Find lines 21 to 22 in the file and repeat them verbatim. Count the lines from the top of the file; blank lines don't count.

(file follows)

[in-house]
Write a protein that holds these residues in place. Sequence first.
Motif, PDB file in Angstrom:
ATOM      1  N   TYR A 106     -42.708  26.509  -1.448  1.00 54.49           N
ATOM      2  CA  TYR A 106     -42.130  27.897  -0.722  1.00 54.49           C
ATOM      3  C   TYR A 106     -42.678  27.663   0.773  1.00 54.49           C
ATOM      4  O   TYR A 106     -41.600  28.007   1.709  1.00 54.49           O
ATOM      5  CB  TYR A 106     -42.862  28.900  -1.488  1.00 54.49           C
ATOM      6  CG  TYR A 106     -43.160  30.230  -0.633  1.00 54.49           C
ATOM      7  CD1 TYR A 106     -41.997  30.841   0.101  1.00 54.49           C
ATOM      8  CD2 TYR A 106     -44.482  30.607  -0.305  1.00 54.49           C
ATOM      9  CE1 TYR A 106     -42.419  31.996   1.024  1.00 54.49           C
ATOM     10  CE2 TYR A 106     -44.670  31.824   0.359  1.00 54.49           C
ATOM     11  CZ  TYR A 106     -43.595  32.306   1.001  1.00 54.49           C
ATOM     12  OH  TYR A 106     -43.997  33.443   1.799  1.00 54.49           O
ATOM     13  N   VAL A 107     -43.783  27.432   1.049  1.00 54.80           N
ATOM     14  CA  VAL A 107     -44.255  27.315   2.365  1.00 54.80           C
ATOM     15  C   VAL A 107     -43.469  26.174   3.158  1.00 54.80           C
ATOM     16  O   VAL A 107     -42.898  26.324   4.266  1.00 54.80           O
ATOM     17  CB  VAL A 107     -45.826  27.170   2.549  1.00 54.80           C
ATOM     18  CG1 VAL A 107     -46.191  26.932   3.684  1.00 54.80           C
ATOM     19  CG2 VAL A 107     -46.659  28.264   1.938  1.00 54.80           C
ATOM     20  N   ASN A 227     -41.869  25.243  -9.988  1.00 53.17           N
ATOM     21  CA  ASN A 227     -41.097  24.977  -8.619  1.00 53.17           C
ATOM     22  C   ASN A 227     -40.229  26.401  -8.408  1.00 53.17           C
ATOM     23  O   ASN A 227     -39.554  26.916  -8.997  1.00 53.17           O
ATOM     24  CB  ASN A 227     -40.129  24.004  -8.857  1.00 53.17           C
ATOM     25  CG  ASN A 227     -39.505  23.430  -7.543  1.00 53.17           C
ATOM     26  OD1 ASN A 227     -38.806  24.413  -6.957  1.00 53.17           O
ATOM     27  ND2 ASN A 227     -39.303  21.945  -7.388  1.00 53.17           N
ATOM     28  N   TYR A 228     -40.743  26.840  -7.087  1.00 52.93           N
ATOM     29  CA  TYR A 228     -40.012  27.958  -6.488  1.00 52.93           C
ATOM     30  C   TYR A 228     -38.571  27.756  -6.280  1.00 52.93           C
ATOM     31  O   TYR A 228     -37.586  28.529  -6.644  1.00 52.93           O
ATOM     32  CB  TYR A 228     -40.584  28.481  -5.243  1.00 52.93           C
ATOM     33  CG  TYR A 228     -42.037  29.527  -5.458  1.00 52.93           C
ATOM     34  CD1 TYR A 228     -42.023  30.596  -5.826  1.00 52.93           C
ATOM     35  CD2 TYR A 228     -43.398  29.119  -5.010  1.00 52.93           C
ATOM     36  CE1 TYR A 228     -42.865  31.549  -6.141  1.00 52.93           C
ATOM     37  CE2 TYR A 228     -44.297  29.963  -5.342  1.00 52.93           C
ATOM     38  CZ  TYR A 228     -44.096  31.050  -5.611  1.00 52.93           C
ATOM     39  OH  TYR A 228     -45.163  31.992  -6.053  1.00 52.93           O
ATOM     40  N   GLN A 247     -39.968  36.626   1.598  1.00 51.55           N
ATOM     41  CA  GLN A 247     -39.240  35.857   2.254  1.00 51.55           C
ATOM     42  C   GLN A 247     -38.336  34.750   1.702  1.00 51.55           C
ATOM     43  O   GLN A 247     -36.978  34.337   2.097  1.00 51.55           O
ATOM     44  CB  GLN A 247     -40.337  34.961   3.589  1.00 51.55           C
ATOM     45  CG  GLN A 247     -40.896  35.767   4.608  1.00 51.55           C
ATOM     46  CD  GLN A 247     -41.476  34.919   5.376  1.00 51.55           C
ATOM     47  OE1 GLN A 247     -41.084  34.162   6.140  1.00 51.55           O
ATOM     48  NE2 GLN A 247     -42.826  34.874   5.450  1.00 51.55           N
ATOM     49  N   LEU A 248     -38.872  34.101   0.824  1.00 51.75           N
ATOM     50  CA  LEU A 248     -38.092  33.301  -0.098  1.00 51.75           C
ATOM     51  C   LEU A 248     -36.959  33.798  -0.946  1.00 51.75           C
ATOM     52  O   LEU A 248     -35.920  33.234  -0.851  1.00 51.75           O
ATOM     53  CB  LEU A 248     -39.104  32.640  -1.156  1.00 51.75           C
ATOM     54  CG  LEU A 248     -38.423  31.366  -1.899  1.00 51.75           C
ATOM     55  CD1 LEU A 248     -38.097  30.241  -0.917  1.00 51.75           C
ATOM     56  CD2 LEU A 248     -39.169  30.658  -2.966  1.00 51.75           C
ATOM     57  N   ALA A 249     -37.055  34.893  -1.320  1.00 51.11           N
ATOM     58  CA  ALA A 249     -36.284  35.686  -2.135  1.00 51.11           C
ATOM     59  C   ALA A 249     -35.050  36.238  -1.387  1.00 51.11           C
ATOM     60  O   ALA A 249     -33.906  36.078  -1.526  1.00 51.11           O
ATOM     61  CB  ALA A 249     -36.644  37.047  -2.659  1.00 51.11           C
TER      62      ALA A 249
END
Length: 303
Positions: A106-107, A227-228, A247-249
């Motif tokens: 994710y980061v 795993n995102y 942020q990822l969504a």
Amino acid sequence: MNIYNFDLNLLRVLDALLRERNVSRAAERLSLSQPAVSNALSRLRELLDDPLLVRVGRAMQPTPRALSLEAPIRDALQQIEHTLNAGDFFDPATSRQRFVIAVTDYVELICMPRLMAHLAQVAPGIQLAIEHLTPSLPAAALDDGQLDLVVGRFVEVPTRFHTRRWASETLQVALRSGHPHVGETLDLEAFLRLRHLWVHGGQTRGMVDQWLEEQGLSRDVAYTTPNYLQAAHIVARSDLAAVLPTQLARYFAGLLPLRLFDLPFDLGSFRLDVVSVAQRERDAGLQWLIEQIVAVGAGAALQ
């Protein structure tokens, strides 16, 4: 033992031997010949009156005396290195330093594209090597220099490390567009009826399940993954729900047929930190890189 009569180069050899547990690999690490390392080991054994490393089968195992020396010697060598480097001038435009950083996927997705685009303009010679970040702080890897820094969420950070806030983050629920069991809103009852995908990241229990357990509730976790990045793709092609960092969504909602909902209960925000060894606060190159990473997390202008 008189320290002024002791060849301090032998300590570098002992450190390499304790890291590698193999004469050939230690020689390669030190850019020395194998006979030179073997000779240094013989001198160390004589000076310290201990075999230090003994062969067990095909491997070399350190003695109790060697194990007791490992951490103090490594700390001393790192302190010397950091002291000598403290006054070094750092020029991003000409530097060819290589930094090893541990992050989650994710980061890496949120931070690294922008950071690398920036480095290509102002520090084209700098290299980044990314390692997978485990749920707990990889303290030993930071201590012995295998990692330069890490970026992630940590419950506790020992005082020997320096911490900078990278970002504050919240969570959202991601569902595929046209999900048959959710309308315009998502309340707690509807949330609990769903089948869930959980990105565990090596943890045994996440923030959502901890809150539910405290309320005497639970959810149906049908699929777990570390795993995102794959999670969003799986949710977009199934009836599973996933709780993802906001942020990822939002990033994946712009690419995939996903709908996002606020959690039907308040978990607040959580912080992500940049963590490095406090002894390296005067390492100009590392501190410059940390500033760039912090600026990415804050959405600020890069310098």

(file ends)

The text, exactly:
ATOM     18  CG1 VAL A 107     -46.191  26.932   3.684  1.00 54.80           C
ATOM     19  CG2 VAL A 107     -46.659  28.264   1.938  1.00 54.80           C